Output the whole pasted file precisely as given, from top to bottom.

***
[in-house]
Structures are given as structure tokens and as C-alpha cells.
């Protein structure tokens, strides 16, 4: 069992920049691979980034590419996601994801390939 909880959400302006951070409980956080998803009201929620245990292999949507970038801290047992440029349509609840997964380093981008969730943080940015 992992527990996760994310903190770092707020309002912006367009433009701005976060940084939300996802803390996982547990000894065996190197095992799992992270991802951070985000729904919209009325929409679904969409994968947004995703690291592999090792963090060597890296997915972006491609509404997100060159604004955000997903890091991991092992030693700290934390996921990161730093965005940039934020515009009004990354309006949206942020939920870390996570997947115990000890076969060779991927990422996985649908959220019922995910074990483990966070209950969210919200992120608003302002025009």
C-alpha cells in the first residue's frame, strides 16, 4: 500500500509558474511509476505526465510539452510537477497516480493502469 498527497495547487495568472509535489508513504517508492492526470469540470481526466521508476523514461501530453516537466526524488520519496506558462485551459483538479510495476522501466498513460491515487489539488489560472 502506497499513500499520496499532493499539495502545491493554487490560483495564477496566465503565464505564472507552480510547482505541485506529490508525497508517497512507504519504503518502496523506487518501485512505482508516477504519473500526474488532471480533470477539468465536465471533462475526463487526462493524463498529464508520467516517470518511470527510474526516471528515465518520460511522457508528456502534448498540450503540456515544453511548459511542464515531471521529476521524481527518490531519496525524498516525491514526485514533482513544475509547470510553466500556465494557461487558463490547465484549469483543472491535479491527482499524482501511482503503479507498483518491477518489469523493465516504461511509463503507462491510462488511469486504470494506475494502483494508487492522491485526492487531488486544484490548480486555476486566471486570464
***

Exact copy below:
[in-house]
Structures are given as structure tokens and as C-alpha cells.
């Protein structure tokens, strides 16, 4: 069992920049691979980034590419996601994801390939 909880959400302006951070409980956080998803009201929620245990292999949507970038801290047992440029349509609840997964380093981008969730943080940015 992992527990996760994310903190770092707020309002912006367009433009701005976060940084939300996802803390996982547990000894065996190197095992799992992270991802951070985000729904919209009325929409679904969409994968947004995703690291592999090792963090060597890296997915972006491609509404997100060159604004955000997903890091991991092992030693700290934390996921990161730093965005940039934020515009009004990354309006949206942020939920870390996570997947115990000890076969060779991927990422996985649908959220019922995910074990483990966070209950969210919200992120608003302002025009």
C-alpha cells in the first residue's frame, strides 16, 4: 500500500509558474511509476505526465510539452510537477497516480493502469 498527497495547487495568472509535489508513504517508492492526470469540470481526466521508476523514461501530453516537466526524488520519496506558462485551459483538479510495476522501466498513460491515487489539488489560472 502506497499513500499520496499532493499539495502545491493554487490560483495564477496566465503565464505564472507552480510547482505541485506529490508525497508517497512507504519504503518502496523506487518501485512505482508516477504519473500526474488532471480533470477539468465536465471533462475526463487526462493524463498529464508520467516517470518511470527510474526516471528515465518520460511522457508528456502534448498540450503540456515544453511548459511542464515531471521529476521524481527518490531519496525524498516525491514526485514533482513544475509547470510553466500556465494557461487558463490547465484549469483543472491535479491527482499524482501511482503503479507498483518491477518489469523493465516504461511509463503507462491510462488511469486504470494506475494502483494508487492522491485526492487531488486544484490548480486555476486566471486570464